If I'd stayed with my friends—with the Nature Train—I could've been partying at Nature's family's house in Massachusetts. Instead, I'm jogging across the Metro North tracks and past the Wiley Webatuck Shelter on my way to the Connecticut border. It's still early. I got out of camp before Pixie and her friends even woke up. Okay, that might be a slight exaggeration. But I'm excited to be going home, and I'm letting the adrenaline carry me.
I see Little John at the Wiley Webatuck Shelter, and slow down to chat with him briefly. He asks me if I've seen his friends, Pixie et alia. I nod, and give him the good news. He smiles and thanks me, telling me that I get a unfairly bad rap on the trail, and that I'm a genuinely nice guy who doesn't get the respect or attention he deserves. Shucks.
I cross the border into Connecticut. I know this because the boundary is clearly marked with a sign. The trail and surrounding forest on the Connecticut side looks exactly the same as on the New York side. Although I fully realize the inherent stupidity of it, I can't help but feel strangely disappointed by this.
Breathless, I continue on, and finally reach the road. Well, a road. Without my guidebook, I have no idea if it's the right road or not. I drop my pack and scout around, looking for a sign. Like, a road sign. Anything, really. But I find none, since I apparently search in utterly the wrong direction.
My mother is late. I am completely unsurprised. However, as I check the time on my cell phone, I note with some worry that I have no signal. Which means my mom wouldn't have reception either. I hope I'm in the right place, and that she's not waiting for me at a different road crossing, and trying to call me on the phone when neither of us has coverage. But then I see the familiar silver Honda Civic, with its drab black replacement bumper proudly announcing her imminent arrival.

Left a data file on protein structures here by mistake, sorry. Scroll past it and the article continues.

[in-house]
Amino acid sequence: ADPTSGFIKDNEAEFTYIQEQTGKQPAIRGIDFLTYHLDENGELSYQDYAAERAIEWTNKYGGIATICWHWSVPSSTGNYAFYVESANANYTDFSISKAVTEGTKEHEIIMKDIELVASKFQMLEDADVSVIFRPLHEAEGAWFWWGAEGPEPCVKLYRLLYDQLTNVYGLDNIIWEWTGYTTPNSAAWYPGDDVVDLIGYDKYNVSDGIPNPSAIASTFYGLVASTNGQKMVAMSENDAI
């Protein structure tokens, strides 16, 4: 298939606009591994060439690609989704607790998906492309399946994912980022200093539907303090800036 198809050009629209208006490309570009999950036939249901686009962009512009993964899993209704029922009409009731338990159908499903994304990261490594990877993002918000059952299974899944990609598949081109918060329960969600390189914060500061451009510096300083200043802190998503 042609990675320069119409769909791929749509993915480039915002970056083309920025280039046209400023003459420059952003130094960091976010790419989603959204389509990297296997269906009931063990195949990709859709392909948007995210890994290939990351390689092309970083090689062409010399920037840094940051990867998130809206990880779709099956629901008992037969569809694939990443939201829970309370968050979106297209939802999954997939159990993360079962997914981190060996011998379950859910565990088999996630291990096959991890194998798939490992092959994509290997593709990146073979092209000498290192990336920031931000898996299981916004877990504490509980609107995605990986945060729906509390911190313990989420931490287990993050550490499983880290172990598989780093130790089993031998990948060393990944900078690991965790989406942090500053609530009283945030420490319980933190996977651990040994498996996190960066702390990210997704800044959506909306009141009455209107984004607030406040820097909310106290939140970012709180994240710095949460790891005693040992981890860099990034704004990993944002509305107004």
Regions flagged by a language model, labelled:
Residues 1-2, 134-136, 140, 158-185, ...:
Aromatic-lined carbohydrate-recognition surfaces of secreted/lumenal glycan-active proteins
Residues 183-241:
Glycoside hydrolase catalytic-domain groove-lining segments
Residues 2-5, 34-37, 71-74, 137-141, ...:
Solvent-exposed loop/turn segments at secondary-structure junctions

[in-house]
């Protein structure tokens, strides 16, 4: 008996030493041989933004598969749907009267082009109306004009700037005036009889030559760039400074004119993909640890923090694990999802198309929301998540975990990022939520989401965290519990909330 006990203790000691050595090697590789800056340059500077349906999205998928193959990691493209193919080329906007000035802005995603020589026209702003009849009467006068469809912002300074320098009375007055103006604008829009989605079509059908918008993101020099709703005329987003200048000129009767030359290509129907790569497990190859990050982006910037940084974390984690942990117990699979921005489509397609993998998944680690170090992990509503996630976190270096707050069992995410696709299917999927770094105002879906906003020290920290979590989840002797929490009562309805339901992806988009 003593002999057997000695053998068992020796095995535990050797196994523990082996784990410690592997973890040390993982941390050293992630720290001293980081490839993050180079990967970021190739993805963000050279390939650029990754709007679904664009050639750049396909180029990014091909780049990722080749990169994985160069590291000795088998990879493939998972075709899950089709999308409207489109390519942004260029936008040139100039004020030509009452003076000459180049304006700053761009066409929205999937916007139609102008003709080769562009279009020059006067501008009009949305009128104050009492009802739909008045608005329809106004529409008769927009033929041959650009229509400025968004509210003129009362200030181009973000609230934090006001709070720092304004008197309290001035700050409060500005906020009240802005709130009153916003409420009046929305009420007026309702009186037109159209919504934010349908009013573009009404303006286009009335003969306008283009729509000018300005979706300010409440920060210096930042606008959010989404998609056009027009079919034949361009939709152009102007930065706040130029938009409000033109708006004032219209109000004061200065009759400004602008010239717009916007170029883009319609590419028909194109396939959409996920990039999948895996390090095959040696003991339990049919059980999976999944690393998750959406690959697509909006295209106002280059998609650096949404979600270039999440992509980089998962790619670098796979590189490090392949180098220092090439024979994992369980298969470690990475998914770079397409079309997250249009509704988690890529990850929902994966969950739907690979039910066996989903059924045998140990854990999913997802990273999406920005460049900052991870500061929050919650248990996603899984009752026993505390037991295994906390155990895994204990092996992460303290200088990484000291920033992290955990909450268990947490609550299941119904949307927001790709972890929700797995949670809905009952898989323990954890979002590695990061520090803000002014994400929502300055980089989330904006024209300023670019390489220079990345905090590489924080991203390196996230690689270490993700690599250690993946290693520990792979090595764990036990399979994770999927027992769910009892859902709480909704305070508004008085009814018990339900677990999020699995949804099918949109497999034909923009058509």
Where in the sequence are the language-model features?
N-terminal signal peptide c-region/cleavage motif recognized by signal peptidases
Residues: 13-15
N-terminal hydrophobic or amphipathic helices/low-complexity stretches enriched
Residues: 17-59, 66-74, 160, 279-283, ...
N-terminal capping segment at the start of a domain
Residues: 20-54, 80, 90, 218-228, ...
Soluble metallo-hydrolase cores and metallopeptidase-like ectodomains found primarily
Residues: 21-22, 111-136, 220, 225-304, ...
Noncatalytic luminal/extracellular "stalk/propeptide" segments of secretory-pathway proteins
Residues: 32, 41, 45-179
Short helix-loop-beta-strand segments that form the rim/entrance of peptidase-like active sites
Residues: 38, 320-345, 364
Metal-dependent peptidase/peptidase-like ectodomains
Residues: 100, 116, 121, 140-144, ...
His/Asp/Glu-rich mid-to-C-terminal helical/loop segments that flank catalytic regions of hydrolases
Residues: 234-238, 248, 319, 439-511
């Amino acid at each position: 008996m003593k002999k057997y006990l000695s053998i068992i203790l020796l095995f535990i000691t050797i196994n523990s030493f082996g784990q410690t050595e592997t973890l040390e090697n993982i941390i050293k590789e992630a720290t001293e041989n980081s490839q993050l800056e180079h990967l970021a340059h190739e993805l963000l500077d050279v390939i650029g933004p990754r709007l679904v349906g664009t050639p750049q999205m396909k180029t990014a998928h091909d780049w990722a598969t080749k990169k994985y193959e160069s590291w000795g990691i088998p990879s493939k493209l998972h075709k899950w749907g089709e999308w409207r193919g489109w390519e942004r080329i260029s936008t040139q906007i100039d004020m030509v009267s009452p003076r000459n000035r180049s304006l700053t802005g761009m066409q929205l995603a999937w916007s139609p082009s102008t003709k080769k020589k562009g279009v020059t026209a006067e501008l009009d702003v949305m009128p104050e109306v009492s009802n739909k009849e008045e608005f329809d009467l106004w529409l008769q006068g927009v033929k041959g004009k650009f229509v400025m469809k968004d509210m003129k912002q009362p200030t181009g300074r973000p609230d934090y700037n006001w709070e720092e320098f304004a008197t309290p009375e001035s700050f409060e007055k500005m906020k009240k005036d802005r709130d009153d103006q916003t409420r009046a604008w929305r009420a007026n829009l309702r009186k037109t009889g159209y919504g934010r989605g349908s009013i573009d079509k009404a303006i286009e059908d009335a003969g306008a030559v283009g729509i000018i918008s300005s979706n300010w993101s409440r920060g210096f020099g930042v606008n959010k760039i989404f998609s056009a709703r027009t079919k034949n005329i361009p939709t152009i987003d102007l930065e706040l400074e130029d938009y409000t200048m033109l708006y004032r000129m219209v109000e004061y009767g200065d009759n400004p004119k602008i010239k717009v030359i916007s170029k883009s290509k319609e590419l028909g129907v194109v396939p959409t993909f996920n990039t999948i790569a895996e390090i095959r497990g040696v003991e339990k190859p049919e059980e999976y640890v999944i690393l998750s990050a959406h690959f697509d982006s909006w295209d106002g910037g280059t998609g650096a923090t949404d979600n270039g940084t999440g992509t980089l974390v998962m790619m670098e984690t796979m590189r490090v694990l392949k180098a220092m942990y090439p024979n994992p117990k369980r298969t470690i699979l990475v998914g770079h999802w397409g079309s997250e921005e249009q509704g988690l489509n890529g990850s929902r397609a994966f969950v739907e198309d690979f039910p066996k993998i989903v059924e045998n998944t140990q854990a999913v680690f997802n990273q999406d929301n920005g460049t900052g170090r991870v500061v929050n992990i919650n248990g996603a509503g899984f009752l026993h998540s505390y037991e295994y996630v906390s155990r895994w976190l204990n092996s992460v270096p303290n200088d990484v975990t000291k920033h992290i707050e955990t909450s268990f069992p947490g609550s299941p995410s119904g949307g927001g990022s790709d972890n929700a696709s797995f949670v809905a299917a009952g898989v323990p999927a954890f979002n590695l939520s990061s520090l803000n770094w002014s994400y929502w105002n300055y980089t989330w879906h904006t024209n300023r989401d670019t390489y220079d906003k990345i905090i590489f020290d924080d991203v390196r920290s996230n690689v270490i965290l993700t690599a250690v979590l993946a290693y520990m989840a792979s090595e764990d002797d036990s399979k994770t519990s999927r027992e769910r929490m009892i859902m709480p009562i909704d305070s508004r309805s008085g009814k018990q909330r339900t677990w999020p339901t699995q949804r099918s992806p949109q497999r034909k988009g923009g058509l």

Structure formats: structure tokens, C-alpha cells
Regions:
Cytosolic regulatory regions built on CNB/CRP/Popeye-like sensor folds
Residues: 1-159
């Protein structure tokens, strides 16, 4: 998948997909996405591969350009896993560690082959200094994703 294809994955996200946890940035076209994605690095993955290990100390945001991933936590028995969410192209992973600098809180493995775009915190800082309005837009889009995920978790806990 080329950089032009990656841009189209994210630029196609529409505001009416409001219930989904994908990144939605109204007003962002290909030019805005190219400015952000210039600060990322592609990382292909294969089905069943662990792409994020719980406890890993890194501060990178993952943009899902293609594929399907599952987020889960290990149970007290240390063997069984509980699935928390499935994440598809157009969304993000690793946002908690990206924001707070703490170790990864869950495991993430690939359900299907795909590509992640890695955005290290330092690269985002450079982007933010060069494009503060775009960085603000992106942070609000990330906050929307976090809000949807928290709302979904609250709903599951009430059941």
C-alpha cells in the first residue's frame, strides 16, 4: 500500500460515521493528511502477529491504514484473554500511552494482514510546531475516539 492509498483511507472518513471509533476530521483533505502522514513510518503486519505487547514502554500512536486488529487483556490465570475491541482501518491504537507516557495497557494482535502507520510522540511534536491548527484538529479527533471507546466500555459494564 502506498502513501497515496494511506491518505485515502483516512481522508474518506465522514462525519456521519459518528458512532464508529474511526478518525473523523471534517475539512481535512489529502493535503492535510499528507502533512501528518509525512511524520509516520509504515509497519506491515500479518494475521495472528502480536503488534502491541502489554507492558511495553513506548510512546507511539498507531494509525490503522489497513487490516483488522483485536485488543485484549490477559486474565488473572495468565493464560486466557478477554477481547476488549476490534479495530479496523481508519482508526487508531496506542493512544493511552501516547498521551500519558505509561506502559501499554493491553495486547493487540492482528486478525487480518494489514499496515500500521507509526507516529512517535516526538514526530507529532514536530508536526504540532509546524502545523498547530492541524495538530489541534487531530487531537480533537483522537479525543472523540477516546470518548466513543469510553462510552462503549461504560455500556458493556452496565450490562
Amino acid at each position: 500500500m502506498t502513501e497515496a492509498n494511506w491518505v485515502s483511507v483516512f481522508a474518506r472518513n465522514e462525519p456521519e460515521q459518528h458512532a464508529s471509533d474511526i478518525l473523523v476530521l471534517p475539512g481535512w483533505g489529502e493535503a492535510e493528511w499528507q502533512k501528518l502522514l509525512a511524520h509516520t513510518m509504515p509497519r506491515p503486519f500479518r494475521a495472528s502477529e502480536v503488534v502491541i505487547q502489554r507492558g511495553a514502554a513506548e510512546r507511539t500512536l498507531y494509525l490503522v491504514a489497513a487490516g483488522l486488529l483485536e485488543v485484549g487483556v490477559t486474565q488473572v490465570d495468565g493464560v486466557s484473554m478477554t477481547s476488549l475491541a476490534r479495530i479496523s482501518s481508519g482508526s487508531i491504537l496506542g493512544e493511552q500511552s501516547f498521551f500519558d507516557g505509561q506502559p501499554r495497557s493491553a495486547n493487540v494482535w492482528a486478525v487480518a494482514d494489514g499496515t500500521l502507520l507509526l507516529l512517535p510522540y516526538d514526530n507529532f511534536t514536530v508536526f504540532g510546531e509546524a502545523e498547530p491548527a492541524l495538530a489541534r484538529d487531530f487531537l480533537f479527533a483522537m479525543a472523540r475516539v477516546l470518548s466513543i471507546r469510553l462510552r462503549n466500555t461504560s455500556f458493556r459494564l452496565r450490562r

She pulls over, and steps out of the car. She seems to have aged two years since I saw her last. Struck by this sudden change, I falter momentarily. Until I remember that I must look like I've aged 30 years in the same amount of time. And then died. And rotted a little. But then we embrace. Quickly. No need to impose upon her my stench. And I throw my pack in the backseat, grab a half-gallon of lemonade from the cooler, and settle in for the ride home.
My return is less than triumphant. I see my friends Giovanni, Steve, and Jon. Steve doesn't believe me when I tell him what I've been doing. I immediately start looking forward to getting back on the trail.
I spend most of my time eating and drinking, and utterly failing to do anything especially social. None of my friends have parties for the Fourth of July. My dad is still recovering from his surgery, and the atmosphere in ny house is thus somewhat subdued. I go with my mom to watch the fireworks from a vantage point near my aunt's new apartment.
I end up spending a week at home. Both my parents make the drive up when they drop me back off. I'm happy and anxious to return. I've already made plans to see my parents again. We're to meet in just over two weeks in Hanover, New Hampshire.
I've brought a journal with me.
To document the last third of my journey. And the ultimate fulfillment of my not-so-secret plan. Which I still haven't forgotten about.
Pass the kumquats.